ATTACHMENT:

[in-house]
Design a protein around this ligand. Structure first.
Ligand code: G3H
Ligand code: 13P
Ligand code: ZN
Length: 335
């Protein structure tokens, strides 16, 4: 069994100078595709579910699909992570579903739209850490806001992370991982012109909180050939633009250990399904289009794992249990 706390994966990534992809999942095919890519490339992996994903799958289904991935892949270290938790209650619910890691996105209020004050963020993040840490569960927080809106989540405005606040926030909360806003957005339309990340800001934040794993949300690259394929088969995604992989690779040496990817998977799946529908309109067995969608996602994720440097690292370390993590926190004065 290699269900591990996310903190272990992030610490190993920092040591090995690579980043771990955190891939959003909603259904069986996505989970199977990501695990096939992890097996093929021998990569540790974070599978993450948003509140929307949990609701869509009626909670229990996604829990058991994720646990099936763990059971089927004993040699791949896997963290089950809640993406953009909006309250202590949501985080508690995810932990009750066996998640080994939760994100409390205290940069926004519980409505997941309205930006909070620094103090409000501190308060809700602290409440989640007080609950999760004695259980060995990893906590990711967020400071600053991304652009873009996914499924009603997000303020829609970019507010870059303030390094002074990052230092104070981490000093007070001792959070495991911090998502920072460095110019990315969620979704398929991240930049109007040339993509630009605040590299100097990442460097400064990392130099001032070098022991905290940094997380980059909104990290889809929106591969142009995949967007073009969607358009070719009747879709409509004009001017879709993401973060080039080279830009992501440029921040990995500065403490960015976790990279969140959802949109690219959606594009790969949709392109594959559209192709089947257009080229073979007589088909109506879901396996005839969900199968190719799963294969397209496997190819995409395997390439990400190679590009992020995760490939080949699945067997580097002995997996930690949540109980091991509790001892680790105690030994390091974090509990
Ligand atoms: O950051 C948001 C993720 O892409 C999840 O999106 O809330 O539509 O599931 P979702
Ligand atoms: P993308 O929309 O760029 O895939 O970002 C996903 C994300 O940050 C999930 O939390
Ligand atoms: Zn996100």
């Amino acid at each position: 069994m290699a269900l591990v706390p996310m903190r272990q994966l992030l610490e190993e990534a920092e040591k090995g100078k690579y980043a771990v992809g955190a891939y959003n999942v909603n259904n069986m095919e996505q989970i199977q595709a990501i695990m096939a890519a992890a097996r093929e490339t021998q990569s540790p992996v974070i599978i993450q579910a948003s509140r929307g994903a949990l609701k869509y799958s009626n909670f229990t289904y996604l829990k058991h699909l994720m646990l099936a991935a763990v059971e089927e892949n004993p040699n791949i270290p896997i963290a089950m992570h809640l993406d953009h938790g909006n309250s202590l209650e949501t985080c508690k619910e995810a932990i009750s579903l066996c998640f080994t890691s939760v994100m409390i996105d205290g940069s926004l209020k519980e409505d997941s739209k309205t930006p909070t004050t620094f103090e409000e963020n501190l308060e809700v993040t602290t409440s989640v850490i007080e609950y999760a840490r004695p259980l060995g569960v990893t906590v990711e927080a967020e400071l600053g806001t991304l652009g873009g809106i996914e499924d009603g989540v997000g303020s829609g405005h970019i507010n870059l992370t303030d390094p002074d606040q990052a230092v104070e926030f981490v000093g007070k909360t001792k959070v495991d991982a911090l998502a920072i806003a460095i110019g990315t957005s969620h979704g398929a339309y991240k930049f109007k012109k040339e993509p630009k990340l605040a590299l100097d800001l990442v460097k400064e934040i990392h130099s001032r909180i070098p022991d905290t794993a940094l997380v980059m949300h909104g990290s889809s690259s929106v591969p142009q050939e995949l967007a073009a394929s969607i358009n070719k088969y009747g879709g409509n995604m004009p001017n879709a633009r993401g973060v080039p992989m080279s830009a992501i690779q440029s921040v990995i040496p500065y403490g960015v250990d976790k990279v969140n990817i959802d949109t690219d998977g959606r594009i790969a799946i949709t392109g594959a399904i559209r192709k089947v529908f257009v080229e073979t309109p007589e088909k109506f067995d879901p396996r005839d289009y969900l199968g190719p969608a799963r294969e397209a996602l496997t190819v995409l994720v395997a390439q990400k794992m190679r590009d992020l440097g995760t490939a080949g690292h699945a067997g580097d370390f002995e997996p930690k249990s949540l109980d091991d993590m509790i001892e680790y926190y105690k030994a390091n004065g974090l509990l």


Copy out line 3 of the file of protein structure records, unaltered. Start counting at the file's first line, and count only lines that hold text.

Ligand code: G3H